I would love a beginner’s introduction to using QGIS if anyone knows how to use it and wants to teach it. QGIS is a free Geographical Information System software.
Relational databases (RBDMS) have a well defined role to play in the digital humanities. It is recognized that the rows and columns of a well-designed database can provide valuable insight to data. However, as datasets continue to move towards the realm of “big data”, the overhead cost of processing complex indexes needed to support defined relationships becomes cost prohibitive. Asking relational databases to generate multifaceted reports over large datasets and perform intensive analytics detracts from the strength of RDBMS. Numerous tools are available today for working with unstructured data. These tools can work in conjunction with your existing tools and provide new insights to data and capabilities for understanding unstructured data (tools such as NoSQL, Hadoop, Graph databases, crowd-sourcing data, etc…). As these tools rapidly evolve, it would be helpful to discuss what solutions may have application to the humanities moving forward.
If Zane Gray wrote business textbooks:
Obviously, these standards enter into the valley lilies; he knew himself in this country in our ideals and our policies for educating future business executive requires those fine qualities of mind that Oldring’s intimidations of the herd jest as Lassiter did.
If Milton rhymed:
And do they only stand By ignorance?
O Goodness infinite, Goodness immense!
She fair, divinely fair, fit love for Gods!
This Hell then seemed A refuge from those wounds.
If we wanted to review wine, but didn’t actually want to drink it:
Chateau St.Paul Pinot Noir Jamaica Plain 1987 Select
Unless you can put up with ambiguity, you’ll be mortified by this old standby of a Pinot Blanc. Needs cellaring until at least 2001.
Automatic text generation is interesting on a couple of different levels. First, there’s just the sheer joy of surprise (e.g., a rock-and-roll band name like, “helpless spender and the dented senators”). And how texts deform under the pressure of (re)generation might say something about the texts themselves. And lastly, these methods suggest that semantic coherence may be non-computable, or not easily so.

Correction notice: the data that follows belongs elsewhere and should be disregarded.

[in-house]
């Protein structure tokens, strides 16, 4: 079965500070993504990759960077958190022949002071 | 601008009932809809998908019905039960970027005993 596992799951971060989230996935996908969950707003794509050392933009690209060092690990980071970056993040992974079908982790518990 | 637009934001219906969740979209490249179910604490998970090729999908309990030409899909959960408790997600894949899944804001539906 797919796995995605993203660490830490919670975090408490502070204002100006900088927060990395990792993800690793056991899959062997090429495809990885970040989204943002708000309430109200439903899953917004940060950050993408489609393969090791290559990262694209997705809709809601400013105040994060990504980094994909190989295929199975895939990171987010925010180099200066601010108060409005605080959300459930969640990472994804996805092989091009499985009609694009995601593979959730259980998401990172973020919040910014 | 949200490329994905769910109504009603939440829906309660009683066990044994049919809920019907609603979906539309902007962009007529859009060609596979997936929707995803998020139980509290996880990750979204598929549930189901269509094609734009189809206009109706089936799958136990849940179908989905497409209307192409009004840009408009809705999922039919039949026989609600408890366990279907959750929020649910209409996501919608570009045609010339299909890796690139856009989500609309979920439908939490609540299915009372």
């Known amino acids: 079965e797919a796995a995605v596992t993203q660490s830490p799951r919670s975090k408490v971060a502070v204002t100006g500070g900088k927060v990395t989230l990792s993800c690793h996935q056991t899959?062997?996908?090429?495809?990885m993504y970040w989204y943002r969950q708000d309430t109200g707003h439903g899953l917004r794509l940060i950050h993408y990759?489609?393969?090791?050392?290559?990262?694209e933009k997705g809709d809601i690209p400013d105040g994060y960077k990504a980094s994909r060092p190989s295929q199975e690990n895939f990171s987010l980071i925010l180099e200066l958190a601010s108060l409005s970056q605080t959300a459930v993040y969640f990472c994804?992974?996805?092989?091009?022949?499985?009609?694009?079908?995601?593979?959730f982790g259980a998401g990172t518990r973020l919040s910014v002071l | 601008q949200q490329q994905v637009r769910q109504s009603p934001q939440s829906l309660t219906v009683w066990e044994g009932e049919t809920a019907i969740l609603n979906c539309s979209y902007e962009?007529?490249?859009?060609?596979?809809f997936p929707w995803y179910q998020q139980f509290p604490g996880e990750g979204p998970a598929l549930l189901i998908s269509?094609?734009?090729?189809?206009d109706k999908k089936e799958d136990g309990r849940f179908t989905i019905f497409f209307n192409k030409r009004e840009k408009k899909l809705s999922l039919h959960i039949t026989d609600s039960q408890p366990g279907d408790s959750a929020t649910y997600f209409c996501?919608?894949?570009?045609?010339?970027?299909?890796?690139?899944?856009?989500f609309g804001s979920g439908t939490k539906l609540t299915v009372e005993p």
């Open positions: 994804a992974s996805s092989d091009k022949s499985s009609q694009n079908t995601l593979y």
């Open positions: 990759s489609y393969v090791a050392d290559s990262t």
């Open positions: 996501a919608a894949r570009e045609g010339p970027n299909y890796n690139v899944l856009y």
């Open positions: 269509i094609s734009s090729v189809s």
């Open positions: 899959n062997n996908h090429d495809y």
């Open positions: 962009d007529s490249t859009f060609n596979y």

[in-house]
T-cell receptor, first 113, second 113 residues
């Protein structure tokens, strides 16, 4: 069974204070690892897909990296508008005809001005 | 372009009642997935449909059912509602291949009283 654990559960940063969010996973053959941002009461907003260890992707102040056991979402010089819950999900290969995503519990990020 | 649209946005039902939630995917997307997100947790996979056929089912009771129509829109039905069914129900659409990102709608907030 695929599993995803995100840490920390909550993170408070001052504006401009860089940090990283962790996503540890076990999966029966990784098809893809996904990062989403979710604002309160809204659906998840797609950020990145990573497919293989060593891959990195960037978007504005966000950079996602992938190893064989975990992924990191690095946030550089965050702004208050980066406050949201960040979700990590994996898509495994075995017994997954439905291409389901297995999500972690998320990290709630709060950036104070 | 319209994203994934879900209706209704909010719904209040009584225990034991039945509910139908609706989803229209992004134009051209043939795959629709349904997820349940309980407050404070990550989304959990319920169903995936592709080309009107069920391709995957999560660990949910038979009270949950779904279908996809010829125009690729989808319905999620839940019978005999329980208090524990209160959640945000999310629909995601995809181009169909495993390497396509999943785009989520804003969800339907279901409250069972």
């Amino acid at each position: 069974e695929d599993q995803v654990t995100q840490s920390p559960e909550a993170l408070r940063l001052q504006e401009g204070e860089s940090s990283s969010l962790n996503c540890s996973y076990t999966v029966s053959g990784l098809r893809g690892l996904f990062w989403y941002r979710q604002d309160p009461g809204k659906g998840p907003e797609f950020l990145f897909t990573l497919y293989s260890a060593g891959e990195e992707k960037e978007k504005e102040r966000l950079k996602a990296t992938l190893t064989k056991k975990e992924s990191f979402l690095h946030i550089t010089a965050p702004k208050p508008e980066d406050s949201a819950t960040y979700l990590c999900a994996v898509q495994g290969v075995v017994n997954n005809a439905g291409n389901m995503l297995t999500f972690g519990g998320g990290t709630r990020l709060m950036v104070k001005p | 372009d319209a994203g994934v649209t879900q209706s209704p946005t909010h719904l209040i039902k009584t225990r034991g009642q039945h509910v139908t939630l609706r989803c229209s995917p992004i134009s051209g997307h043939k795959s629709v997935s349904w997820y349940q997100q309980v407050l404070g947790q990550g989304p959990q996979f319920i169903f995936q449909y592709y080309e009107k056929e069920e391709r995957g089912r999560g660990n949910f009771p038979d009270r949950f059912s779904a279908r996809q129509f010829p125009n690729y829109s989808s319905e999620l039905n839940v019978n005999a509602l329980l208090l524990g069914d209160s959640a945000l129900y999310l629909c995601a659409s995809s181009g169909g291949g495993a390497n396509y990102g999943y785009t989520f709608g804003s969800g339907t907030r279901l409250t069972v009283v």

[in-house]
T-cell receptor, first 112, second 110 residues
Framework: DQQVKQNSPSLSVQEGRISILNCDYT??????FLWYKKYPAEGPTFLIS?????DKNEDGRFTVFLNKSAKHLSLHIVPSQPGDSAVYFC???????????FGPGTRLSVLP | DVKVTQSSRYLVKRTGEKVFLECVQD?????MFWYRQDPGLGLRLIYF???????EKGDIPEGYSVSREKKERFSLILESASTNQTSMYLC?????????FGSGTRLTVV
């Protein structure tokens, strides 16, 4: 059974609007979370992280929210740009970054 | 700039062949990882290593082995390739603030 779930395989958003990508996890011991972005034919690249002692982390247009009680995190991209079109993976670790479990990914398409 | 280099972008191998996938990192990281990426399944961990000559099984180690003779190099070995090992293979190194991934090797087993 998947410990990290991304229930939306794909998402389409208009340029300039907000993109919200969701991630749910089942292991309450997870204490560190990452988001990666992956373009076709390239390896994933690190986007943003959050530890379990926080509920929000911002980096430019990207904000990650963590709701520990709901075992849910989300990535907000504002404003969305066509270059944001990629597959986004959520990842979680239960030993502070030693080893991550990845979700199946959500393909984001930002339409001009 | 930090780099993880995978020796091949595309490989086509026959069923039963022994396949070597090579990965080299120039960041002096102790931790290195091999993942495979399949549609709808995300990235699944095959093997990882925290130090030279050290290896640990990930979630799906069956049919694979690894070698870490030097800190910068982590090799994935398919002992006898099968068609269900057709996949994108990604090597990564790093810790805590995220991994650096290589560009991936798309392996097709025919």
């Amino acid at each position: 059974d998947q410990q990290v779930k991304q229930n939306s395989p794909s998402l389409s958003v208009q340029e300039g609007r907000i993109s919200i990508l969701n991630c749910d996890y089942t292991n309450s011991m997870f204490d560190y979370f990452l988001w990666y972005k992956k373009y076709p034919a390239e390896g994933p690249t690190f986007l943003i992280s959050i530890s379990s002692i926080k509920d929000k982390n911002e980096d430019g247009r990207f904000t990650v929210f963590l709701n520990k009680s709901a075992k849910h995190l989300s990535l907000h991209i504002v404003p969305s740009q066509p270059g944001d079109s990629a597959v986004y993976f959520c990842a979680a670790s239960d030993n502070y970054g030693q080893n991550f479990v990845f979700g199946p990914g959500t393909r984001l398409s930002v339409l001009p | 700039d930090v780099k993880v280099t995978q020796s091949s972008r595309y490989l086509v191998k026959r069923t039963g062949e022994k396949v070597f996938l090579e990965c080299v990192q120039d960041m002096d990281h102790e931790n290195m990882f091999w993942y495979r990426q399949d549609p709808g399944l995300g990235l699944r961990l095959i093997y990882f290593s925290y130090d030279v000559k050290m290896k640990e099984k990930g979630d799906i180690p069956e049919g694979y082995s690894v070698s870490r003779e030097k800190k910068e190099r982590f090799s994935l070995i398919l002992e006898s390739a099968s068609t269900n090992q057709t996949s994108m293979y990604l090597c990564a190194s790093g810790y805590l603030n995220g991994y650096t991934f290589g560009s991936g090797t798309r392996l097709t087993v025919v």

Among the many cultural heritage materials that are now in digital form are things that were organized as “data” in some sense even before they were digital: reference works, indexes, directories, concordances, censuses, inventories, card catalogues, etc. I’ve worked on several projects that make some use of such materials, and they present interesting challenges, practical and conceptual. If we make a database now from resources created by a historical bureaucracy, how much of that bureaucracy do we still have to negotiate? If others are interested, I would enjoy a conversation that could range from questions of what we can learn from how and why people organized “data” before digital methods, to what we can learn from media studies, and not least to what kinds of practical projects we might imagine. It would be especially interesting to try to bridge archival, library, scholarly, and technological perspectives. Whenever I browse the Internet Archive, for example, I’m struck by how much past effort of predigital “data modeling” (we might call it) is both available and hidden in ways that full-text search and text mining tools don’t begin to do justice to. What else?
I’ve been reading all your registration blurbs and I decided to compile a list of the most recurring themes or comments I encountered. Here’s what I am calling our Top Ten Topics.
- Learning the basics of digital humanities
- Communicating and collaborating with others
- Talking about your specific projects (topics vary wildly and that’s awesome!)
- Scholarship and education on digital humanities for the classroom
- Oddball hacks/tools to make digital humanities easier
- Understanding the needs of digital humanities/humanists
- Making our collections talk to one another
- Literature, literary history, and history in the digital humanities realm
- Specific tools/coding such as: OMEKA, TEI
- Institutional Repositories
How many of you are preparing sessions around these topics?
I have heard a need expressed among subject librarians and subject specialists for a “Digital Humanities Boot Camp” that would give attendees enough of a background/overview of digital humanities technologies, projects, etc., to talk about the current state of the field with interested faculty. There are lots of examples of 2-3 day hands-on, immersive workshops, but the specific need I’ve heard described is more like a series of 1-2 hour sessions on overview topics. During this session, I’d like to brainstorm ideas for inclusion & organize them into a logical format that any participant could take back and use as a roadmap for creating a boot camp on their campus.
To be clear, this is not a workshop where attendees will go through a DH Boot Camp! This is a session to outline what ideas, technologies, and learning objectives a DH Boot Camp for Subject Librarians would need to cover.
Registration for THATCampSTL is officially up and running. We can’t wait to see what our campers propose for session ideas.